A hallucinogenic drug without FDA approval is making waves as a possible cure for severe depression.
Ketamine is a synthetic compound that has been used clinically as an anesthetic since 1970. More recent research, however, has suggested that ketamine infusion may also be effective for those with treatment-resistant depression.
One study from the National Mental Health Institute, for example, found that an infusion led to “robust and rapid antidepressant effects” after a single dose, with positive effects occurring within two hours after infusion and remaining significant for up to a week. Massachusetts General Hospital is also currently running a study that tests how well the procedure treats Major Depressive Disorder.
Sometimes used illicitly as a club drug because of its hallucinogenic effects, ketamine works by inhibiting certain sensations in the brain, and may induce dream- or trance-like states. Doctors and researchers believe the drug may also regenerates synaptic brain connections, which explains why ketamine may help patients with depression, as depression often causes damage and stress to brain cells.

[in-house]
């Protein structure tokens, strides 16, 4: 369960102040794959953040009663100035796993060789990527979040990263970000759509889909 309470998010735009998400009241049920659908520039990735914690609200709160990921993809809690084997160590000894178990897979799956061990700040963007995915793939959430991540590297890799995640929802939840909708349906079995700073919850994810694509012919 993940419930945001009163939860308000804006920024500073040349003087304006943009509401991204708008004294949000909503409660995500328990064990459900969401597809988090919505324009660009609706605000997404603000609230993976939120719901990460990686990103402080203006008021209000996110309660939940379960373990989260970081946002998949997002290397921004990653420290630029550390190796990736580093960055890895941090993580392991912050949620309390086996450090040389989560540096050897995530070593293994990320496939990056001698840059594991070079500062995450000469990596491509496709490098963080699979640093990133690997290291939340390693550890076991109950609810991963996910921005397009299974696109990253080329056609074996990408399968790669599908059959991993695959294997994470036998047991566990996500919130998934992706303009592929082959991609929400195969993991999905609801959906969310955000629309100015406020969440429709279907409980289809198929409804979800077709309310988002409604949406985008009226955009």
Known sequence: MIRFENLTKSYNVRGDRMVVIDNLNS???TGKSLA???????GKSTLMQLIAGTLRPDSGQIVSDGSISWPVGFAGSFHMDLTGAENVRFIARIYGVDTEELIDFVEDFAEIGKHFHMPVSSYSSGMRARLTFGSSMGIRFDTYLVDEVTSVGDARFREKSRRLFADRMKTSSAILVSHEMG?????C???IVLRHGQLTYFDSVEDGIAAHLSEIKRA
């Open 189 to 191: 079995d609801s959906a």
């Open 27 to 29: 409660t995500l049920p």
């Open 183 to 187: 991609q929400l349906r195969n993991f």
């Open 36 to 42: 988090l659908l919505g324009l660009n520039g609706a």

While ketamine is FDA-approved for anesthesia, it hasn’t been approved for treating depression and likely won’t be until more research is done. (Studies have also examined its ability to treat chronic pain, and have uncovered a number of side effects in the process.) As a result, the treatment can be difficult to find and expensive to pay for.
Nonetheless, an increasing number of practitioners are beginning to offer ketamine without FDA approval. Needham psychiatrist Bruce Kaster just began offering ketamine therapy, through an offshoot of his practice called Ketamine Greater Boston.
“In my experience as a psychiatrist, it is heartbreaking to witness first-hand the pain and hopelessness of treatment-resistant depression,” Kaster said in a statement. “It is my job to do absolutely everything in my power to help those who are suffering, to afford them a greater quality of life.”
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